Analysis over 20 years reveals heavy Anglo-Saxon influence, with French and Danish DNA coming from earlier migrations than the Normans or Vikings.
The Romans, Vikings and Normans may have ruled or invaded the British for hundreds of years, but they left barely a trace on our DNA, the first detailed study of the genetics of British people has revealed.
The analysis shows that the Anglo-Saxons were the only conquering force, around 400-500 AD, to substantially alter the country’s genetic makeup, with most white British people now owing almost 30% of their DNA to the ancestors of modern-day Germans.
People living in southern and central England today typically share about 40% of their DNA with the French, 11% with the Danes and 9% with the Belgians, the study of more than 2,000 people found. The French contribution was not linked to the Norman invasion of 1066, however, but a previously unknown wave of migration to Britain some time after then end of the last Ice Age nearly 10,000 years ago.
Prof Peter Donnelly, director of the Wellcome Trust Centre for Human Genetics at the University of Oxford, who co-led the research, said: “It has long been known that human populations differ genetically, but never before have we been able to observe such exquisite and fascinating detail.”
The study found that people’s ancestral contributions varied considerably across Britain, with people from areas of Wales, Scotland and Northern Ireland emerging as separate genetic clusters, providing a scientific basis to the idea of regional identity for the first time.
The population of the Orkney Isles was found to be the most genetically distinct, with 25% of DNA coming from Norwegian ancestors who invaded the islands in the 9th century.
The Welsh also showed striking differences to the rest of Britain, and scientists concluded that their DNA most closely resembles that of the earliest hunter-gatherers to have arrived when Britain became habitable again after the Ice Age.
Surprisingly, the study showed no genetic basis for a single “Celtic” group, with people living in Scotland, Northern Ireland, Wales and Cornwall being among the most different form each other genetically.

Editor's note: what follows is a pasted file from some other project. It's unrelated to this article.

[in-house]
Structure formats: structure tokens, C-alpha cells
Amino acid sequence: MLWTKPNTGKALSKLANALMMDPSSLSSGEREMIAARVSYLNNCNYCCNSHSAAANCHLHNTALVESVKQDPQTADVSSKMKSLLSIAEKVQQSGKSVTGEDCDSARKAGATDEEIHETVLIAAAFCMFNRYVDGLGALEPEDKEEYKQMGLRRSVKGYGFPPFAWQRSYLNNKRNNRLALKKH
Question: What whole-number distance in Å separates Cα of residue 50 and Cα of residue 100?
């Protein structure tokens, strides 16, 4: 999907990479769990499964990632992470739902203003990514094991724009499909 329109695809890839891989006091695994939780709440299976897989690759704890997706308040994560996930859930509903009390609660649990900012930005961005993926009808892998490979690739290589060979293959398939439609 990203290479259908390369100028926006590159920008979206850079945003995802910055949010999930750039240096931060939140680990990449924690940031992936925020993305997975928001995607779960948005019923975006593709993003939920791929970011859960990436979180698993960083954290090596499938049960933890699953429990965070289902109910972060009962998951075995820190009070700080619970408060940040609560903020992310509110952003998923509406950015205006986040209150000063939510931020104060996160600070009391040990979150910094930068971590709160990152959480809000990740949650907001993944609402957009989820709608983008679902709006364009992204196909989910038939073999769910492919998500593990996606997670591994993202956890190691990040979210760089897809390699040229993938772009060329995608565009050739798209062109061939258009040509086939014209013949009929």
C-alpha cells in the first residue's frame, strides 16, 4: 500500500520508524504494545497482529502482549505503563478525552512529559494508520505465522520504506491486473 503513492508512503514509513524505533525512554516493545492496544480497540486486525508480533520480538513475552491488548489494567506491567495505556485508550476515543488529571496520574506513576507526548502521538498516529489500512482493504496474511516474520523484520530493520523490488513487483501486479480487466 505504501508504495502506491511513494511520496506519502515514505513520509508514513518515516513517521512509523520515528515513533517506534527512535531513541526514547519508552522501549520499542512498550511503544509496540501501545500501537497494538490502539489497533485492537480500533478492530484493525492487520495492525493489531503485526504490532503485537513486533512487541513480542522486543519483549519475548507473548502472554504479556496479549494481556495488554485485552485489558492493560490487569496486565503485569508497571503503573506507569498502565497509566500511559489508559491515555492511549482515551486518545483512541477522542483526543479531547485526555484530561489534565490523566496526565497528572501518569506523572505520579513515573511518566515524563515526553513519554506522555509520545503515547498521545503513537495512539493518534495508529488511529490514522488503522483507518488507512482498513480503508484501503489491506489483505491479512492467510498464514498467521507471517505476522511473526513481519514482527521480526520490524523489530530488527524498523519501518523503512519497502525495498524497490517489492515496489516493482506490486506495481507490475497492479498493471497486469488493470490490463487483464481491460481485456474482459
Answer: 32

“The Celtic regions one might have expected to be genetically similar, but they’re among the most different in our study,” said Mark Robinson, an archaeologist from the Oxford University Museum of Natural History and a co-author. “It’s stressing their genetic difference, it’s not saying there aren’t cultural similarities.”
The study, published on Wednesday in the journal Nature, is the culmination of 20 years of work. Scientists began collecting DNA samples from people in Orkney in 1994 and gradually worked across most of the British Isles.
The participants were all white British, lived in rural areas and had four grandparents all born within 50 miles (80km) of each other. Since a quarter of our genome comes from each of our grandparents, the scientists were effectively obtaining a snapshot of British genetics at at the beginning of the 20th century.
Sir Walter Bodmer, of the University of Oxford, who conceived the study, said: “We’re reaching back in time to before most of the mixing of the population, which would fog history.”
The team also looked at data from 6,209 individuals from 10 European countries to reconstruct the contributions their ancestors made to the genetic makeup of the British.
The analysis shows that despite the momentous historical impact on British civilisation of the Roman, Viking and Norman invasions, none of these events did much to alter the basic biological makeup of people living here. The findings support records suggesting that few high ranking Roman officials settled in Britain and that they and their families remained largely segregated from the local Celts.
The Danish Vikings, who ruled over large swathes of Britain from 865AD, are known to have inter-married with locals, but the latest study shows that the conquering force, while powerful, must have comprised relatively few fighters.
“There were very large numbers of people – hundreds of thousands – in those parts of Britain, so to have a substantial impact on genetics there would have to be very large numbers of them,” said Robinson. “The fact that we don’t see that reflects the numbers rather than the relative allure or lack thereof of Scandinavian men to British women.”
The analysis also settles a long-running dispute about the nature of the Anglo-Saxon takeover of England following the collapse of the Roman empire. The replacement of the Celtic language by Anglo-Saxon and the complete shift towards North-West German farming and pottery styles has led some to suggest that local populations must have retreated to Wales or even been wiped out in a genocide.
“[Our results] suggest that at least 20% of the genetic makeup in this area is from Anglo-Saxon migrants, and that there was mixing,” said Robinson. “It is not genocide or complete disappearance of Britons.”
The authors suggest that DNA analysis should now be regarded as a powerful historical tool, sometimes providing more impartial information than traditional sources.
“Historical records, archeology, linguistics – all of those records tell us about the elites. It’s said that history is written by the winners,” said Donnelly. “Genetics complements that and is very different. It tells us what is happening to the masses… the ordinary folk.”